uber-bullshit

Yesterday’s New York Times Dealbook column, “Why Uber Might Well Be Worth $18 Billion,” is a back-of-the-envelope look at the company’s staggering estimated worth that concludes: “Here’s another way to think about Uber’s whopping valuation: It is still too low.”

I’m not going to get into Andrew Ross Sorkin’s bubble-bursting (i.e., there is no Silicon Valley bubble) here. I’m pointing at this particular piece as a reminder of the maxim, attributed both to Mark Twain and Winston Churchill, that a lie can travel halfway around the world while the truth is putting on its shoes.

In this case, the lie is a number pulled out of an asshole and presented as cold hard fact — which journalists, being too credulous or unschooled about a specific line of business or working fast to hit a deadline, rely upon and disseminate until it becomes so widely accepted that no one can question it without looking silly.

On May 29, I explained why Uber’s oft-repeated claim that UberX drivers make an average (!) of $90,000 a year almost certainly cannot be true. I am not alone. Over at Medium, Felix Salmon has arrived at the same conclusion.

Sorkin is a smart guy so he’s careful to explain that real income figures for yellow cabbies and Uber drivers are impossible to come by. Still, he takes Uber’s $90,000 figure more at face value than I would (emphasis is mine):

What’s more, Uber doesn’t own the limousines or cars. So far, its biggest costs are simply providing the technology that powers the network of cars as well as marketing and support costs for drivers, which means it is a very high-margin business. Because it is still private, we don’t know the hard numbers.

It’s all anecdotal evidence, but ask an Uber driver what they did before they started driving and many will tell you they were unemployed or working part-time jobs. According to Uber, the company says “at our current rate, Uber is responsible for directly creating 20,000 new jobs per month and powering billions in economic impact in cities around the world.

More impressive, these new jobs are not low-wage: In New York, the company says a driver for UberX, its lower-tier car service, is making more than $90,000 annually. A yellow cabdriver is estimated to make about $30,000. This doesn’t mean that all taxi drivers are persuaded of Uber’s benefits; Some are seeking a nationwide union, in part because of competition from Uber.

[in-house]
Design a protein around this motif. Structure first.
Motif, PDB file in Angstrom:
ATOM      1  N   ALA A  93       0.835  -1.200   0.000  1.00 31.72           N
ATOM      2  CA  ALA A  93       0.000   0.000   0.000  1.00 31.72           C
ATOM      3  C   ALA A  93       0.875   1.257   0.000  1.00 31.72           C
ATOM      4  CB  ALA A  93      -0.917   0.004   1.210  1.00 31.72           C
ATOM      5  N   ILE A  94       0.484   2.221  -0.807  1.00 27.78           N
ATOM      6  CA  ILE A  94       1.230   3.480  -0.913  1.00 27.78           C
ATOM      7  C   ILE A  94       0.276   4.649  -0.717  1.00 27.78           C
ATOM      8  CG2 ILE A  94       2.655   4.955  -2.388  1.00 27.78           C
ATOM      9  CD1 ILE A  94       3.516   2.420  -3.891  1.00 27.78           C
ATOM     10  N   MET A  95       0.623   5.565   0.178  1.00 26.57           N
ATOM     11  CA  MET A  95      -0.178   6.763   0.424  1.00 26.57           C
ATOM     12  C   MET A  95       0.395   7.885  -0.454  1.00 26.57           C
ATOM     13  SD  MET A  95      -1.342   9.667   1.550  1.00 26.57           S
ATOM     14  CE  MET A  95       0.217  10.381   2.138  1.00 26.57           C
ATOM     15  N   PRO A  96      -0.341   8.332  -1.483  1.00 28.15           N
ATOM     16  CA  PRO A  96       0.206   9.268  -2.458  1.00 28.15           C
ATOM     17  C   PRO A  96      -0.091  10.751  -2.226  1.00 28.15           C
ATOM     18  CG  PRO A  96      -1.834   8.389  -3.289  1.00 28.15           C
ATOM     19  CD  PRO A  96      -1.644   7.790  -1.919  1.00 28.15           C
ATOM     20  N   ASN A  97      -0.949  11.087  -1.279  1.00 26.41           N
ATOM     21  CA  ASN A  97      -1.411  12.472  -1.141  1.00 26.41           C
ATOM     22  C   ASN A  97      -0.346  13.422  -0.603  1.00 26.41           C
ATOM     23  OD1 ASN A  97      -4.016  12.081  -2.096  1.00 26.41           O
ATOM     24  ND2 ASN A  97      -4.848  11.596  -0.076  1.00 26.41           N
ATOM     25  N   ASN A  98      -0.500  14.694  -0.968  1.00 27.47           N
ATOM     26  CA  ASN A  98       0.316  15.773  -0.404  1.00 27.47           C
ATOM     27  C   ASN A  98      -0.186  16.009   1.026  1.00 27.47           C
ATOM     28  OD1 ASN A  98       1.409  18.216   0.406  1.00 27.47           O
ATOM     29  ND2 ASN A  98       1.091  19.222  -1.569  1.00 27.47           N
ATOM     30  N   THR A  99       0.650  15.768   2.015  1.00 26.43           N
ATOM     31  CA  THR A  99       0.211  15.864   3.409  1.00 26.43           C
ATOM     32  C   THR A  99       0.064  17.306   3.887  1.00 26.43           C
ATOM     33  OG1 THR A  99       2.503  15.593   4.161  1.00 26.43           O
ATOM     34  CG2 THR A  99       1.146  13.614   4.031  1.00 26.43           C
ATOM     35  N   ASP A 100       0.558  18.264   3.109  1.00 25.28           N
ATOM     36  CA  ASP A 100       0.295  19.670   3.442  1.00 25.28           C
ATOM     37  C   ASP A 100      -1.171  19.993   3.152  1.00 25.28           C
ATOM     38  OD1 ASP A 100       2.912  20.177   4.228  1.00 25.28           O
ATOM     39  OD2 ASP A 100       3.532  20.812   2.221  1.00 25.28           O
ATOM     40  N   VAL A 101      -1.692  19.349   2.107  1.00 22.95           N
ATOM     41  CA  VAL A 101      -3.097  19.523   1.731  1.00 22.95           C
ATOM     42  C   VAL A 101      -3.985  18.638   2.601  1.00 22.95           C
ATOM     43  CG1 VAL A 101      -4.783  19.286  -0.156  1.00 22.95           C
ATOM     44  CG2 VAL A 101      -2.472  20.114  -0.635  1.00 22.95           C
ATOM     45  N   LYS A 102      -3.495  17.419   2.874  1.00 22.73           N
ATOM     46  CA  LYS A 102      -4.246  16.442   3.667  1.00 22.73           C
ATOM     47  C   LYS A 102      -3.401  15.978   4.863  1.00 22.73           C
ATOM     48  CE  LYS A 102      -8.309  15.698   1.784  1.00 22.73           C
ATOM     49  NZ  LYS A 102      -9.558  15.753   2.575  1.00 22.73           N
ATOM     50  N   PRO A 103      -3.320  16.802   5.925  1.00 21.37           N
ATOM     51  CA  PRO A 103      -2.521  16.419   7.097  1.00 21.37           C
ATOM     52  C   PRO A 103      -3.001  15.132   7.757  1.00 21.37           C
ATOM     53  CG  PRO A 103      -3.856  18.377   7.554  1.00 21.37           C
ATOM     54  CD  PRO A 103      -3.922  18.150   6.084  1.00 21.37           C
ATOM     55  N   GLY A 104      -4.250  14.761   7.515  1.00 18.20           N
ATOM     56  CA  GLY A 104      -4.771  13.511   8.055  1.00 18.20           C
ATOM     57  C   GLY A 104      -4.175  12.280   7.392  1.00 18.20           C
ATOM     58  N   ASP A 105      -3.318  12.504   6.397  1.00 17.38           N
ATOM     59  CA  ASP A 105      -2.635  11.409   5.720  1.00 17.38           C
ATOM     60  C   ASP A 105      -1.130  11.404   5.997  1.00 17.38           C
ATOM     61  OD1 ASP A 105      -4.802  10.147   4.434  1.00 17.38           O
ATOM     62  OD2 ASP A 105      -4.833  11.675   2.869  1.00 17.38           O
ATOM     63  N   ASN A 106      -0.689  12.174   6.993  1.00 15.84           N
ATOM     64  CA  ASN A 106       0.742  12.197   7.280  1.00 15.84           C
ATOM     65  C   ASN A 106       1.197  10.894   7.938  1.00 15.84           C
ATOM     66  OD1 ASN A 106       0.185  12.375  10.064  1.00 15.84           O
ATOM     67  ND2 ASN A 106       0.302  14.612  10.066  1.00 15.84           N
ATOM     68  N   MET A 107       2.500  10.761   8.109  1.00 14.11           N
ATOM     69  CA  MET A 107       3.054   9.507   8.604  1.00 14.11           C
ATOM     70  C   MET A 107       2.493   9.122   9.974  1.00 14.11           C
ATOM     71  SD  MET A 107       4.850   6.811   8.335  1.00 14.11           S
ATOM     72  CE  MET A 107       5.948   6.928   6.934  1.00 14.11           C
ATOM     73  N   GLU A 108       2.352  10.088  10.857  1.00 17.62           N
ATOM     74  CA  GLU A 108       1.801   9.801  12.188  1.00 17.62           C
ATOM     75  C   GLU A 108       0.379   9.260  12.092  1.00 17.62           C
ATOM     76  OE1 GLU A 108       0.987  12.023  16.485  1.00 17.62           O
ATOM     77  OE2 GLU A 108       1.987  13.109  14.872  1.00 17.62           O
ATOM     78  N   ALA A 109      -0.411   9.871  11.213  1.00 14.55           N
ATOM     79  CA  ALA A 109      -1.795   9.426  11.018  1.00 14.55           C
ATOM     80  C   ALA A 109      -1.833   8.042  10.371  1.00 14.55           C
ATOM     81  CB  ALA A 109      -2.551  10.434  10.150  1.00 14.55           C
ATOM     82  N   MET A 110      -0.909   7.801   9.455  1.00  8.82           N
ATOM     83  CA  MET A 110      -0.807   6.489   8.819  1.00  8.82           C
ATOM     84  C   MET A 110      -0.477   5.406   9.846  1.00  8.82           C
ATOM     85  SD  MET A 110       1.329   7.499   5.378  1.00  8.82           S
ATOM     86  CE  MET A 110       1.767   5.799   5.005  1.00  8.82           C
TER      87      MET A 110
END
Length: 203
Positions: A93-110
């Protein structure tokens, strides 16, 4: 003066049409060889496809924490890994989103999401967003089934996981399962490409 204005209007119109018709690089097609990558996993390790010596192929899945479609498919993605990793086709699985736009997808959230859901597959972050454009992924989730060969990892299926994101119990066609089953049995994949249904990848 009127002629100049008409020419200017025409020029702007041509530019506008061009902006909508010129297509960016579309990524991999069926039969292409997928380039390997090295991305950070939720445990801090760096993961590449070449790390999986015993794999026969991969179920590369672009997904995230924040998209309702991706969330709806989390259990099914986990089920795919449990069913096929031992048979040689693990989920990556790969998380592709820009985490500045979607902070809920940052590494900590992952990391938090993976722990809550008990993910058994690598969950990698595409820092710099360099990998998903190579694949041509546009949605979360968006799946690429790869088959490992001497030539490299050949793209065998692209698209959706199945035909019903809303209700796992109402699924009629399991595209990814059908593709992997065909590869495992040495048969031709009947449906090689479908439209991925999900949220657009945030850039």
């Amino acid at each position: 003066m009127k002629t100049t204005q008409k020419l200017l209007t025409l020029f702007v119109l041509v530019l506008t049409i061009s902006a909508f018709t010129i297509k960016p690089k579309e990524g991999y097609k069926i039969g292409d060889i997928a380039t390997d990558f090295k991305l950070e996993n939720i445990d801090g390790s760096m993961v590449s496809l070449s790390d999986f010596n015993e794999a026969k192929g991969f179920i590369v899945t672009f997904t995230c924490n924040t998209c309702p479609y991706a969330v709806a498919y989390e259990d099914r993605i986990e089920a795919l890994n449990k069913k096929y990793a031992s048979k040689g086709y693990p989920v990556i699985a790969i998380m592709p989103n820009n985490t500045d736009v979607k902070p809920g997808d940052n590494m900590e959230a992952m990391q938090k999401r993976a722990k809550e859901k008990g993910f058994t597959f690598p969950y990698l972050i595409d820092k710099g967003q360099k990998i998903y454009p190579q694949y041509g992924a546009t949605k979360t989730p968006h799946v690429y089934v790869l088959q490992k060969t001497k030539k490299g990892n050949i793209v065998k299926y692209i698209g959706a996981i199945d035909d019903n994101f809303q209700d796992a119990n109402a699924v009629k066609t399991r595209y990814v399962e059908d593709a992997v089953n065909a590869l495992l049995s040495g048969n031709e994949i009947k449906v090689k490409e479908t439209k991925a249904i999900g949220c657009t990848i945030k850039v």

A casual reader will likely come away from this passage without much reason to doubt the accuracy of the $90,000 figure, even though Sorkin correctly sources it to the company. After all, while some companies may stretch the truth, few put it on the rack and full-out kill the bastard, as in this case.

I asked Sorkin how a lower (i.e., more accurate) income figure for UberX drivers would affect his assessment. “I don’t think it affects valuation,” he replied, but wouldn’t elaborate. If not, why mention it at all?

When he wrote his Dealbook column, Sorkin explained that he had no reason to doubt the information on Uber’s website. “I hadn’t seen the critique of the number…My anecdotal interviews with drivers in NYC suggested it was close to right.”

He went on: “Over the past couple months I’ve been quizzing UberX and taxi drivers just out of curiosity. I’ve heard lots of range, but I don’t think any UberX drivers in NYC I spoke with driving full-time said they were doing less than $50-60K. One guy told me he thought he’d make $120K.” One big question, which Salmon delves into, is how many hours drivers work in order to achieve these earnings. What about expenses: gas, insurance, repairs, accidents, tickets? Those can be substantial.

After reading my previous piece for Pando about Uber’s dubious numbers, Sorkin replied: “I dunno what the right number is but you make a persuasive case,” adding, “I cited Uber on this so I think your issue — and it’s a fair point — is with them, not me.”

I agree. Most companies don’t lie this much. I don’t blame Sorkin for buying Uber’s $90,000 fiction. And I won’t be surprised to see Uber’s bullshit continue to spread.

[illustration by Brad Jonas]